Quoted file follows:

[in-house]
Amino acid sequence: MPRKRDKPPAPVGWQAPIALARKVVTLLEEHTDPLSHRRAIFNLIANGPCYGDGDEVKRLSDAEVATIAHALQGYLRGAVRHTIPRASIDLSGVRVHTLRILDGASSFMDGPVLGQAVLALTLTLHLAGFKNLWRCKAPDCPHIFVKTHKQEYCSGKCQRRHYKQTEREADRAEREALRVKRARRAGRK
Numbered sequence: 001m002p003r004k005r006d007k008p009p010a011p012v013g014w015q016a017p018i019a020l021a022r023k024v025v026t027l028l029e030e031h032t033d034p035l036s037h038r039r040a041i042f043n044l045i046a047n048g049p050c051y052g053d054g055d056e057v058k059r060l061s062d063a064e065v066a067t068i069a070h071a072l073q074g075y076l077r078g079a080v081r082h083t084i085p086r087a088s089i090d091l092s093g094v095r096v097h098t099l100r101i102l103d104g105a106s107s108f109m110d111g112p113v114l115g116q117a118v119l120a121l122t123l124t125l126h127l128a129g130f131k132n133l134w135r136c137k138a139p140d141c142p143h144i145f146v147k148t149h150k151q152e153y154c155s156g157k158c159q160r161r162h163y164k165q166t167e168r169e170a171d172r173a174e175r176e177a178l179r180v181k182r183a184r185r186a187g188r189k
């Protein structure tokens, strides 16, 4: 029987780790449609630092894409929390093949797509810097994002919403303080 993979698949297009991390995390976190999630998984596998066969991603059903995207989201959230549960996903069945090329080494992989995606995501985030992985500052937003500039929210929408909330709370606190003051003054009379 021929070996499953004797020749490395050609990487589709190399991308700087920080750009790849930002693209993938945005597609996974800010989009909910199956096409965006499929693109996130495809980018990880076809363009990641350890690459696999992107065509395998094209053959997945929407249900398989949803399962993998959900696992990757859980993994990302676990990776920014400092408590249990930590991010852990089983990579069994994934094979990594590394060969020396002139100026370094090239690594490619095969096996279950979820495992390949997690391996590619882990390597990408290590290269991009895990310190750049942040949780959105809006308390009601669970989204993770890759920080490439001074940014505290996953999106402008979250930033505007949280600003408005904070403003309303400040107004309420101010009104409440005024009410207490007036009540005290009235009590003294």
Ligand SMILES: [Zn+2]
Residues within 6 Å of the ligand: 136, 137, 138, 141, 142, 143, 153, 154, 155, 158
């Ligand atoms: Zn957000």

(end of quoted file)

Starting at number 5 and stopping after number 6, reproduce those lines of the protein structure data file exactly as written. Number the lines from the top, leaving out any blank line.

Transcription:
Ligand SMILES: [Zn+2]
Residues within 6 Å of the ligand: 136, 137, 138, 141, 142, 143, 153, 154, 155, 158